Omicron reinfection likely, but will immunity from past infection, vaccines hold up for severe Covid?

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  • SA has high rates of natural immunity from past infection over the previous three waves.
  • In the face of the Omicron variant, however, this immunity is unlikely to protect against reinfection, according to latest data.
  • Natural and vaccine-induced immunity is expected to protect against severe disease, but experts say getting the shot will provide even greater protection.

Around 60-70% of South Africans have already had a Covid-19 infection since the start of the epidemic in March 2020. 

But, according to the latest evidence, the protection (immunity) derived from this infection is unlikely to protect against reinfection with the Omicron variant.

The study was conducted by researchers at the National Institute for Communicable Diseases (NICD) and was published on a preprint server this week, AFP reported.

The team wrote that reinfection was 2.4 times more likely with Omicron than with the Beta and Delta variants which dominated SA’s second and third waves, respectively.  

"These findings suggest that Omicron's selection advantage is at least partially driven by an increased ability to infect previously infected individuals," one of the study's co-authors, Dr Juliet Pulliam, wrote on Twitter. Pulliam is Director of the South African DST-NRF Centre of Excellence in Epidemiological Modelling and Analysis (SACEMA).

Pulliam said that recent reinfections were seen in people whose primary infections occurred across all three waves, with the most having their primary infection in the (third) Delta wave.

Vaccination status unknown

The researchers did not have information about the individuals' vaccination status, and therefore couldn't determine whether Omicron also escaped vaccine-induced immunity, said Pulliam.

The scientists will next look at the extent to which the new variant escapes protection from both natural infection and the vaccines, as well as how transmissible it is compared to the other variants of concern.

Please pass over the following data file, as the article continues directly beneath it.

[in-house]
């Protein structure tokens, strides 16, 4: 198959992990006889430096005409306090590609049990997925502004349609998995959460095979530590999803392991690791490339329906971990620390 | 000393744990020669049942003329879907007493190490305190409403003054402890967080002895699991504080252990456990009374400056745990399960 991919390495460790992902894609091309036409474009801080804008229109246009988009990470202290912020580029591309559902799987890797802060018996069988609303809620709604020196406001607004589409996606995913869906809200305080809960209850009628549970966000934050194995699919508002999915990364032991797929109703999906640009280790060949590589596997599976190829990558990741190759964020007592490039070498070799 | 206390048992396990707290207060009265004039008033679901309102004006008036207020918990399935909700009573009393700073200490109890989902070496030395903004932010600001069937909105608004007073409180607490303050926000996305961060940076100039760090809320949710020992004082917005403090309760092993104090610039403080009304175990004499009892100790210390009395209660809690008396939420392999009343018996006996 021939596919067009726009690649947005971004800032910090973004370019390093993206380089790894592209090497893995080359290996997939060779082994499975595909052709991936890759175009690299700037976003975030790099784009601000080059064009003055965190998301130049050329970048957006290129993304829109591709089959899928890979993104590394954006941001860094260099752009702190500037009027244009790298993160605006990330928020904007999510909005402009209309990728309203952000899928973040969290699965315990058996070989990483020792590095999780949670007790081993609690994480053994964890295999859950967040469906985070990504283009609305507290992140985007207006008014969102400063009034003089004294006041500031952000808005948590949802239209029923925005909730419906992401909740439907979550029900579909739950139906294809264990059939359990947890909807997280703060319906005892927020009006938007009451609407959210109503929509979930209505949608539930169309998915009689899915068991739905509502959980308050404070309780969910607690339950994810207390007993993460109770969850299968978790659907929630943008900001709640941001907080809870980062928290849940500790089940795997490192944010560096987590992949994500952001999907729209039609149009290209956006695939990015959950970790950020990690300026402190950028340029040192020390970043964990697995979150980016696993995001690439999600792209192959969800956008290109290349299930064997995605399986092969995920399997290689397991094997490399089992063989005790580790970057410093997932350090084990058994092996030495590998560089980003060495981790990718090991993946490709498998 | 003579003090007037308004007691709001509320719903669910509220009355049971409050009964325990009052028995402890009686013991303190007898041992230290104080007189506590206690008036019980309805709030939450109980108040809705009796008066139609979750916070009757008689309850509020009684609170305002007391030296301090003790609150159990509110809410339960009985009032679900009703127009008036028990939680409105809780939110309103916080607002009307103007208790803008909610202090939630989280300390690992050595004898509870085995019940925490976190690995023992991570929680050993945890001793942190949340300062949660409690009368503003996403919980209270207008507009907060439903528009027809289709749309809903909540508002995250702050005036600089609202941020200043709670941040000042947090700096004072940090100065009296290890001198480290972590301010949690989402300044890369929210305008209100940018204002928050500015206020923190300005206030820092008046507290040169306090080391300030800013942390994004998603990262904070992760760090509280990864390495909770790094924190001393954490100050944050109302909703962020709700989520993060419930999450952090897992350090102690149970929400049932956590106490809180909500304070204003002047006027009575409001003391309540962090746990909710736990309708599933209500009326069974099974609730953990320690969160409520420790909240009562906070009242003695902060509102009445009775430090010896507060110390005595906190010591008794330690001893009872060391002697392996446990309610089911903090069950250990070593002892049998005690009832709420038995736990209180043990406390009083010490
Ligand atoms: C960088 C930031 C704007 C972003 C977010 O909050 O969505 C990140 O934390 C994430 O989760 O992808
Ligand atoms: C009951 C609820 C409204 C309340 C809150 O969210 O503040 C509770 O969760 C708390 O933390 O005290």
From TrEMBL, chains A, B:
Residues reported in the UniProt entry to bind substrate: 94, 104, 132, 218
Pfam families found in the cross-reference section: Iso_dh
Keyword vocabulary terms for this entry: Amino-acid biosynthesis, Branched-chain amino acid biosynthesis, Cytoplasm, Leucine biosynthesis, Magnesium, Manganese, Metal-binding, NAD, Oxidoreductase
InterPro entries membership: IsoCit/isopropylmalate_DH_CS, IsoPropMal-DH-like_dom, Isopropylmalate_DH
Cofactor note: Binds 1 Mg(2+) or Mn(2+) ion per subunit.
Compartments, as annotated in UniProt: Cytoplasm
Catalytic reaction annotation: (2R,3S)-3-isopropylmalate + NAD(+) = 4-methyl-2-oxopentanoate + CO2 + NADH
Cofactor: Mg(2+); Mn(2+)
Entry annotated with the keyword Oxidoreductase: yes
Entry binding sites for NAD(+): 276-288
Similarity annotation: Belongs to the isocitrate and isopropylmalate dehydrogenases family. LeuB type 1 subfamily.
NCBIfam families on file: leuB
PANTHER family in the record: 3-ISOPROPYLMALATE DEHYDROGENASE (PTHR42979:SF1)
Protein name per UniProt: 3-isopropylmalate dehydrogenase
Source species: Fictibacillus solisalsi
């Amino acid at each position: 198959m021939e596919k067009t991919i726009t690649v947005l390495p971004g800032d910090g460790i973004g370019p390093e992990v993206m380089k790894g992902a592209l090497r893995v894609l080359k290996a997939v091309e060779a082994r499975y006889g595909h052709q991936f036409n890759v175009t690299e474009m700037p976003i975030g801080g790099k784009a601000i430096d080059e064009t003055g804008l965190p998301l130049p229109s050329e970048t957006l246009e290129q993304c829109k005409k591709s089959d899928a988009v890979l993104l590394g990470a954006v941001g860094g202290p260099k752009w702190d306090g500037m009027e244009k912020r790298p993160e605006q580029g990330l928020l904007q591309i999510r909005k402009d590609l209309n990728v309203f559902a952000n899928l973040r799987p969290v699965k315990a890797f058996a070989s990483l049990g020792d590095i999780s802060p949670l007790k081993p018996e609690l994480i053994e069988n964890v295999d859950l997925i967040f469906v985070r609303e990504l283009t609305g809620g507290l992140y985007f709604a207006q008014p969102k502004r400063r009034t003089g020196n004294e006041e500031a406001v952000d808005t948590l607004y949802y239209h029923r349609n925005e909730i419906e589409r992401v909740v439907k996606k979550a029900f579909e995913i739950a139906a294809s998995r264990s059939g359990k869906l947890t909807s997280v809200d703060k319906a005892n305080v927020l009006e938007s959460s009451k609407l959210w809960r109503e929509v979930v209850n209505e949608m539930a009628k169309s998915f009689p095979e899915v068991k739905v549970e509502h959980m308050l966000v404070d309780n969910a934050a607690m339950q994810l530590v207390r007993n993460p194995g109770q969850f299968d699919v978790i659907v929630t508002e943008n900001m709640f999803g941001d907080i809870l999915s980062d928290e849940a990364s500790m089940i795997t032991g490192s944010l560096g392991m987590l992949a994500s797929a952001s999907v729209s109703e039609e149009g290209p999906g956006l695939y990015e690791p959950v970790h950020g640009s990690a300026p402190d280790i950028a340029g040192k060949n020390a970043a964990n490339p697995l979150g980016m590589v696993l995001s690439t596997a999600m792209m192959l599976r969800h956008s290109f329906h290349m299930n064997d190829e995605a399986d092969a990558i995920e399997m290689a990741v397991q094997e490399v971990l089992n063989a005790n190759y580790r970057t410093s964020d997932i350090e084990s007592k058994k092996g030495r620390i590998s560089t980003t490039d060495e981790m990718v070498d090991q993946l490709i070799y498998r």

Pulliam added that research looking into whether natural- and vaccine-induced immunity is protective against severe disease – associated with Omicron infection – is urgently needed, although several scientists believe the vaccines will continue to hold up in this regard.

Reinfection with Omicron was expected

Epidemiologist Professor Salim Abdool Karim recently explained that some of the mutations seen in Omicron may escape antibodies (one part of the immune system responsible for blocking infection) derived through prior infection and vaccination. 

"And so we can expect ... more reinfection among those who've had previous infection and have not been vaccinated, because this variant will bypass some of that immunity," said Abdool Karim.

A study conducted by the US Centers for Disease Control and Prevention (CDC) this year found that unvaccinated people with past infection were five times more likely to be reinfected, compared to those who were vaccinated, Health24 reported.

Natural immunity against particular variant

Another expert believed that natural immunity protects best against the particular variant that was responsible for that initial infection. 

Professor Thomas Scriba, the deputy director of immunology and laboratory at the SA Tuberculosis Vaccine Initiative at the University of Cape Town, told Health24 this week:

It is clear that people who were infected during the first wave, for example, were more susceptible to the Delta variant because the immunity from the original virus was not fully protective against the Delta variant.

It is expected that protection derived from infection in previous waves would, therefore, not be sufficiently protective against Omicron, he said.